Oak vs. Brown Maple: How They Compare for Wood Furniture

Beth Rice 25/03/2021

It’s time for oak versus brown maple, where we’ll take on the two least expensive hardwood types that offer a world of possibilities for Amish furniture, and we’ll compare their strengths and weaknesses. The ultimate goal is to help you decide if one of these wood types would be the best fit for your vision of new wood furniture.

Comparing Colors

Oak Wood Colors

There are several different species of oak trees. The two main ones used to make oak furniture are red and white oak trees. Oak wood is primarily light in color. Red oak actually contains lighter shades than white oak, with colors ranging from white to soft brown, and heartwood and sapwood both displaying a pinkish hue. White oak’s colors feature shades of light to medium brown, as well as dark to medium brown with some yellow shades mixed in.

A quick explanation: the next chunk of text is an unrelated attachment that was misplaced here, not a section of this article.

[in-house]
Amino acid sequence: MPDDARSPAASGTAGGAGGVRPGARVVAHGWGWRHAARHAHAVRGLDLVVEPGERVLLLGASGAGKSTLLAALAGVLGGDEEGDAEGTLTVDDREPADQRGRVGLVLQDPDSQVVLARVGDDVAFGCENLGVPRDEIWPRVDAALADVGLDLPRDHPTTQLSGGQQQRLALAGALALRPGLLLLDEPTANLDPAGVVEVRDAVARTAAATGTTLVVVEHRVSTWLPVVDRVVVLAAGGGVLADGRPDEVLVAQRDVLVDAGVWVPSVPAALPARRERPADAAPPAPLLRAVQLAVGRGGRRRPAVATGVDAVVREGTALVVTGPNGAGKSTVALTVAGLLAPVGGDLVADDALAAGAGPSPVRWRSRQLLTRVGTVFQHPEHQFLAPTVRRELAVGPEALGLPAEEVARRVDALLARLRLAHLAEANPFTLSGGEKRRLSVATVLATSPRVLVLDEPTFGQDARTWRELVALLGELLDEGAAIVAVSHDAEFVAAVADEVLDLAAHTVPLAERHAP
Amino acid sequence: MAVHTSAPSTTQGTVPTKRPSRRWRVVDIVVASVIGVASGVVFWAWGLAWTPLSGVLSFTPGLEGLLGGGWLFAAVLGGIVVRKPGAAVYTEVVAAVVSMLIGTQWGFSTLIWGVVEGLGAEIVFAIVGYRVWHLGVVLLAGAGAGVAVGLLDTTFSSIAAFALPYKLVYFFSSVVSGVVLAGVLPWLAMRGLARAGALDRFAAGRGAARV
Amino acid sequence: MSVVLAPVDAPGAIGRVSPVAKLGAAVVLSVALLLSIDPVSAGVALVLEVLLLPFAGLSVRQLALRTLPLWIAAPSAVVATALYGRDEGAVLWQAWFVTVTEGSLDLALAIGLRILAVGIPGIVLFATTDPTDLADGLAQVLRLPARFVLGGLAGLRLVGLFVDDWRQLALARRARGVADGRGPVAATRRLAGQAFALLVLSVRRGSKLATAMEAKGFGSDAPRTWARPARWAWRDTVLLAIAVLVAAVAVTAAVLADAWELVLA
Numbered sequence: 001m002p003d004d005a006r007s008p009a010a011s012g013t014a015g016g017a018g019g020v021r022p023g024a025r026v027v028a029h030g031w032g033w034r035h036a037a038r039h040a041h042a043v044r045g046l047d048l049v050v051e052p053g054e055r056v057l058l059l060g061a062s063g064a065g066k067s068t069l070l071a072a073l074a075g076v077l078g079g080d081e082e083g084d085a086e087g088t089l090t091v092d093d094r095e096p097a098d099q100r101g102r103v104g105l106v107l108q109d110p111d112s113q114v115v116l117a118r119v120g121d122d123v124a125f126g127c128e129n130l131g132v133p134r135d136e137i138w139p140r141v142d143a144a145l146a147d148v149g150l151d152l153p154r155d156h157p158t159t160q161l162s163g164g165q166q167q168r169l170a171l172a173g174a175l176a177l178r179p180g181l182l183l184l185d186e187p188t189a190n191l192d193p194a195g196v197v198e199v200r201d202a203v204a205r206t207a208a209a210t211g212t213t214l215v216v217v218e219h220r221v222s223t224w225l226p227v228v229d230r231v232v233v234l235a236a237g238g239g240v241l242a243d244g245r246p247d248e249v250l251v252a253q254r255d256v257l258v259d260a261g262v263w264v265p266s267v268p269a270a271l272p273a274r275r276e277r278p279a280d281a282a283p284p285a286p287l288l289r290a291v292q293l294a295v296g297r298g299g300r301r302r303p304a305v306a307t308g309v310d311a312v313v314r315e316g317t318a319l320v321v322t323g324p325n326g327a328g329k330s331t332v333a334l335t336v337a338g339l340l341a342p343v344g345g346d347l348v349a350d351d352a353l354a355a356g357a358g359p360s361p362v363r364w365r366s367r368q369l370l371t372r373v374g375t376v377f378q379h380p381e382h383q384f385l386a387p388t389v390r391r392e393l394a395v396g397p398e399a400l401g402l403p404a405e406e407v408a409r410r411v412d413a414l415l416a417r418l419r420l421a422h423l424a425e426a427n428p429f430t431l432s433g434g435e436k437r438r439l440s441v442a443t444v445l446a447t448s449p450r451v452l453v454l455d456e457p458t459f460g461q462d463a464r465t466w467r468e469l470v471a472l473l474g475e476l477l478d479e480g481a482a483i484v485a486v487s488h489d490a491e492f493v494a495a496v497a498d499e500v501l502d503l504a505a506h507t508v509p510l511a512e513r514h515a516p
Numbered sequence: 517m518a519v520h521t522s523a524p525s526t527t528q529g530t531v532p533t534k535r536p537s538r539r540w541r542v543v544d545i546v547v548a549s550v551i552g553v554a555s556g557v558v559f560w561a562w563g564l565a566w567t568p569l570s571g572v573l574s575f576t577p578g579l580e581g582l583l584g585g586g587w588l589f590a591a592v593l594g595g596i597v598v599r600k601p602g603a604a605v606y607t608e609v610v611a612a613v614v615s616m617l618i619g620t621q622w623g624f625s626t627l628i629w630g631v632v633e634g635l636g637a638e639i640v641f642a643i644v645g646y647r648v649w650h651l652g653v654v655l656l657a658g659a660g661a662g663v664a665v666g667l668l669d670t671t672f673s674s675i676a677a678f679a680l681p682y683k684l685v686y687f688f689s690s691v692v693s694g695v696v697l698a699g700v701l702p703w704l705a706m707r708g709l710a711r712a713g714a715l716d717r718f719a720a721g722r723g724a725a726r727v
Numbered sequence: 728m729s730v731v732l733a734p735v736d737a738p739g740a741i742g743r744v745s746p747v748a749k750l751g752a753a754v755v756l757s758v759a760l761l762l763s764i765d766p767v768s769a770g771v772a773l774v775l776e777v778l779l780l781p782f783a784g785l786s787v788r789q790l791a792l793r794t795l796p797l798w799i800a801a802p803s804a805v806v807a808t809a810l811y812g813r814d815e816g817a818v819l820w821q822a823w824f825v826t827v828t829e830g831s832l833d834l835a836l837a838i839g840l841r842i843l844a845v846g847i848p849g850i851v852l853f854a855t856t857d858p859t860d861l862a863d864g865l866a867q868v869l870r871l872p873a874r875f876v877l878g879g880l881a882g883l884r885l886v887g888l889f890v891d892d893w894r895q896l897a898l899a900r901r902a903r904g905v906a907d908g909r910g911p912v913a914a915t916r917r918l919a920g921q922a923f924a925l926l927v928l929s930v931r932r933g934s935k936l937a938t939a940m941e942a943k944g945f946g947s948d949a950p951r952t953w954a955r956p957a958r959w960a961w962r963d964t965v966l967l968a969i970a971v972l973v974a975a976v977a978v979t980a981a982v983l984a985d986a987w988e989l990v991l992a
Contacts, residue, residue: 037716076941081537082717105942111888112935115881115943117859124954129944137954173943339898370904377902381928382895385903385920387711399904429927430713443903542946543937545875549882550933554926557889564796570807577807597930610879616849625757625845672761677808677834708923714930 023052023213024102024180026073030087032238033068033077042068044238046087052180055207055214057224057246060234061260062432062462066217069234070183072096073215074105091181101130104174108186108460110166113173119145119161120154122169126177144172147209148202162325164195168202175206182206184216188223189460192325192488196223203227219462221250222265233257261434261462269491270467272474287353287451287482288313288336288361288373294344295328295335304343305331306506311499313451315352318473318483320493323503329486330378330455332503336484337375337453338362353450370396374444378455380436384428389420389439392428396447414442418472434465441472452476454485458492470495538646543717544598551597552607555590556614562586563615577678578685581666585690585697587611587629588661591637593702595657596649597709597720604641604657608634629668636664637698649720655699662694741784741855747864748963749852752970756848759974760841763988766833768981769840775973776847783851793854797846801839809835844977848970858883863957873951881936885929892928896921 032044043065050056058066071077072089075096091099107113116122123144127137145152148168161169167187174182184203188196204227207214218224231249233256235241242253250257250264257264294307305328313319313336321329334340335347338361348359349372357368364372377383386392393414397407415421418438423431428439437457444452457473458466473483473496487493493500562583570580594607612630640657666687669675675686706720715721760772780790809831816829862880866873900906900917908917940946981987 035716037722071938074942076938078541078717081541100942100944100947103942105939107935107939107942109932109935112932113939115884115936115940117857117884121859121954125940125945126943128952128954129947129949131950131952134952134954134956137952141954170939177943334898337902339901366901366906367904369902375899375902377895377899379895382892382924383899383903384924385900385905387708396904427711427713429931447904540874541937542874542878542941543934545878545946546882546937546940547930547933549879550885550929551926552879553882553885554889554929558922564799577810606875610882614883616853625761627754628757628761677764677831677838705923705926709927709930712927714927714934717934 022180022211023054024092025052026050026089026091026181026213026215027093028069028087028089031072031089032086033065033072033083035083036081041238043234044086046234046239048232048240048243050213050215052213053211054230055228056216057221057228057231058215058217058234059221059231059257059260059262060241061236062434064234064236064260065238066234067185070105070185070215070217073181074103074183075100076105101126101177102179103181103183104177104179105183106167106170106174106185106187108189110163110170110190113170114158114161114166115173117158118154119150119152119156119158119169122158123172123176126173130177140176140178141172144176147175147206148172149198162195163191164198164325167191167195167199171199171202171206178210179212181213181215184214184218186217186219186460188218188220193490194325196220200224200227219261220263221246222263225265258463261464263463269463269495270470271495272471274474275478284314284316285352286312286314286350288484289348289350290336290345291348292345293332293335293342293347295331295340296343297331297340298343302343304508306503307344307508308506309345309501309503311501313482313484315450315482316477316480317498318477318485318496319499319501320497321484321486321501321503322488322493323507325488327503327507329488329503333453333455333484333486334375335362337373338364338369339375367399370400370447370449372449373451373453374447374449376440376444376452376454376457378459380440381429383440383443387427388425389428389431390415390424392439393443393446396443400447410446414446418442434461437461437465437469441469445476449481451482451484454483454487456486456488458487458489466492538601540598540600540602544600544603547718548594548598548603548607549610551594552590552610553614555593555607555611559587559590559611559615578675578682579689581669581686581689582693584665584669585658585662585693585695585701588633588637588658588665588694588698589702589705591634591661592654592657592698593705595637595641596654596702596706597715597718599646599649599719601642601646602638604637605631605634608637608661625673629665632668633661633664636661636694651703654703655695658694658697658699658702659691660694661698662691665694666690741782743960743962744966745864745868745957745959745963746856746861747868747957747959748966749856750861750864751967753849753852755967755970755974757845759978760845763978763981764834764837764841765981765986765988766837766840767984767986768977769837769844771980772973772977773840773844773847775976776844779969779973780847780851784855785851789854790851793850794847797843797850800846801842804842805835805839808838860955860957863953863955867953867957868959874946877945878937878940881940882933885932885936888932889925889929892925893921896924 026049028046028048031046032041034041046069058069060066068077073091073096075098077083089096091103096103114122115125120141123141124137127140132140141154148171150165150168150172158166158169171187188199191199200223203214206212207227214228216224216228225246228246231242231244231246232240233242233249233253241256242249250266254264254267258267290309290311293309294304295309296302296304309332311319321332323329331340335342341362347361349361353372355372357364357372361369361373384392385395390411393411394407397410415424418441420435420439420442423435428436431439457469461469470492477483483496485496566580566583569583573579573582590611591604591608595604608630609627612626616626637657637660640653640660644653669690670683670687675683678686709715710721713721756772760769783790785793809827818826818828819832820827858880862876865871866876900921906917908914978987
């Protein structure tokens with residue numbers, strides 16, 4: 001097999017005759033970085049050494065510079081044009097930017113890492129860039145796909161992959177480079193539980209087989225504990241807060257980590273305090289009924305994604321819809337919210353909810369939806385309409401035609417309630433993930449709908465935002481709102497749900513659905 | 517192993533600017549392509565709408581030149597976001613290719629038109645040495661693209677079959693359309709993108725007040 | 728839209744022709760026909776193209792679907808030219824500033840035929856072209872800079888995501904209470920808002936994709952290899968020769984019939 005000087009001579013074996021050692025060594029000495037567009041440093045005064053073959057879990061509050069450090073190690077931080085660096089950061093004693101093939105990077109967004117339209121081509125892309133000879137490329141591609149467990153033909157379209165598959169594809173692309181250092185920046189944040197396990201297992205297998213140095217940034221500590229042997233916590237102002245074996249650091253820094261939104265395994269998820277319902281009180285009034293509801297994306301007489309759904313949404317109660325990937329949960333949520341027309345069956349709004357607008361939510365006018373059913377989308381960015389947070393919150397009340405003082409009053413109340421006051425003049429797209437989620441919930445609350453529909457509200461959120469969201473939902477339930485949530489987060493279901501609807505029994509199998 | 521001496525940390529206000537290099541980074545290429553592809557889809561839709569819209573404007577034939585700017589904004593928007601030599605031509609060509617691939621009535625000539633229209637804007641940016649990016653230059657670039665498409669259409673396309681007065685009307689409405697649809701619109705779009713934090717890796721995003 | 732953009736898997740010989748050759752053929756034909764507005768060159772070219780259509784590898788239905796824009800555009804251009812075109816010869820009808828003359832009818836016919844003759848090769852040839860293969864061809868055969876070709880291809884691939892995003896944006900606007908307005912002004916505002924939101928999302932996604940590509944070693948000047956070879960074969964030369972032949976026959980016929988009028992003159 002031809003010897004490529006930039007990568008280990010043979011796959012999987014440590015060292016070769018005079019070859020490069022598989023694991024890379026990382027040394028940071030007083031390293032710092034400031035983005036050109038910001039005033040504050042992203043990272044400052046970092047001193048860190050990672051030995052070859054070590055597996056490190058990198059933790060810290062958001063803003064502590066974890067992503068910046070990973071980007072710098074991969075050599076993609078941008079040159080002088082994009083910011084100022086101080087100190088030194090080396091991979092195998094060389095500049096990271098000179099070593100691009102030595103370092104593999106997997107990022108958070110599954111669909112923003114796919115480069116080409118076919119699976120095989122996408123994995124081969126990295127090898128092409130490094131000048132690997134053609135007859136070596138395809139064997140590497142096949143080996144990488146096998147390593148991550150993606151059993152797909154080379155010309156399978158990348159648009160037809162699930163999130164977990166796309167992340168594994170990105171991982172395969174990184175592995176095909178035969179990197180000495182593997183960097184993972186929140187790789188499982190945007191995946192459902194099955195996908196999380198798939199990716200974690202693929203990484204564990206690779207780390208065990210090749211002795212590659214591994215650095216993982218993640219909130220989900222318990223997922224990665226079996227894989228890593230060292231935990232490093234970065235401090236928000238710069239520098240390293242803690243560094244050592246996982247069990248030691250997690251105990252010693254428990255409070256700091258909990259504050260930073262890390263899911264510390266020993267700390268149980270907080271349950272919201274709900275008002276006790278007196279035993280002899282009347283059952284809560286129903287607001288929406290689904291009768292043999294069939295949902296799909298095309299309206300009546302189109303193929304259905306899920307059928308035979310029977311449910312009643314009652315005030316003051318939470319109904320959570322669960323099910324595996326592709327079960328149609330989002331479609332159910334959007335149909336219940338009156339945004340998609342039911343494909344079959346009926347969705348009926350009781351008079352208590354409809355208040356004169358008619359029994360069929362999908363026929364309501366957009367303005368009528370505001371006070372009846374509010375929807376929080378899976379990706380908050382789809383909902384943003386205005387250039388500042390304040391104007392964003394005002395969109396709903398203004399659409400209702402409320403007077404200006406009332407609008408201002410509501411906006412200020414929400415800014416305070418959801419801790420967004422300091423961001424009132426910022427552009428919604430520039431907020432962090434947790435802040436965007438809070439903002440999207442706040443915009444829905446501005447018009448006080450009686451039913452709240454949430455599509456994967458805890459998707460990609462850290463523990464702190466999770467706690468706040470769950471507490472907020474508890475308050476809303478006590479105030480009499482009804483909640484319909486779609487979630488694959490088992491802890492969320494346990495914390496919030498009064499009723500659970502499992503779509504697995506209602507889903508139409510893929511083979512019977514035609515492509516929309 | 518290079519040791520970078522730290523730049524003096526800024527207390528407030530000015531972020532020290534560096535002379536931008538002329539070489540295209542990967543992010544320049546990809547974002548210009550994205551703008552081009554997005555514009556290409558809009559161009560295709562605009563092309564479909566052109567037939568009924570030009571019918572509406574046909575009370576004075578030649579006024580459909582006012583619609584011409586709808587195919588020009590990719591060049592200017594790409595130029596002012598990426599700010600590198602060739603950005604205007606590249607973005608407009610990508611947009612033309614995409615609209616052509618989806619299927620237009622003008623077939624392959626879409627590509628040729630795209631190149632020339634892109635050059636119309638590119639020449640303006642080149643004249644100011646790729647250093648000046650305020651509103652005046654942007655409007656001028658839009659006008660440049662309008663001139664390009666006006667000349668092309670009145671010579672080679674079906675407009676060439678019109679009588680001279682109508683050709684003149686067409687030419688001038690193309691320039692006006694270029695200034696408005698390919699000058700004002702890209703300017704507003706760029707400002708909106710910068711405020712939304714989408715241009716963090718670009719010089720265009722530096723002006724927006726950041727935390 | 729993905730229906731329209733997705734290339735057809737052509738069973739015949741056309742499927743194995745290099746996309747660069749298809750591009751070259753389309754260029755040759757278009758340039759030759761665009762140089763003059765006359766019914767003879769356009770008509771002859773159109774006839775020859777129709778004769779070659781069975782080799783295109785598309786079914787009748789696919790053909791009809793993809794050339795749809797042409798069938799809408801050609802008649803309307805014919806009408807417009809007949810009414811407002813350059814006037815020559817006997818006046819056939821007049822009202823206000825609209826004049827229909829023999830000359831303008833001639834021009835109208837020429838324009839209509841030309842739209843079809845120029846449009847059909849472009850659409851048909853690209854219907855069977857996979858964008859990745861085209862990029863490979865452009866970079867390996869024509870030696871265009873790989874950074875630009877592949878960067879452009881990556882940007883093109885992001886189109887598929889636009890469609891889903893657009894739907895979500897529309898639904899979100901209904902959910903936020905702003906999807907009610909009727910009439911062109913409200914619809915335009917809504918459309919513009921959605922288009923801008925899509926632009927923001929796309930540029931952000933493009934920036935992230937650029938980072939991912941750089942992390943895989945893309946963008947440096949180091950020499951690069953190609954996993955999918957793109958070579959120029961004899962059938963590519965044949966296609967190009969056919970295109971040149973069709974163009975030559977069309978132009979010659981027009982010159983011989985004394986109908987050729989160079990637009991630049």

Amish 46 Shaker TV Stand with 2 Doors
The Amish 46″ Shaker TV Stand with 2 Doors displays oak wood’s light shades.

Brown Maple Colors

Brown maple showcases a variety of brown shades, including browns, tans, whites and creams that can include light and dark streaks, as well as a touch of red.

Amish Ramsey Dining Chair
The Amish Ramsay Dining Chair displays a warm brown maple shade.

Comparing Characteristics

What does oak wood look like?

Oak is a busy wood where grain pattern is concerned. Oak wood displays a prominent grain pattern with long, curving arches and loops, compressed into thin, parallel lines in some sections. Its pronounced patterns make oak easier to identify among hardwood furniture.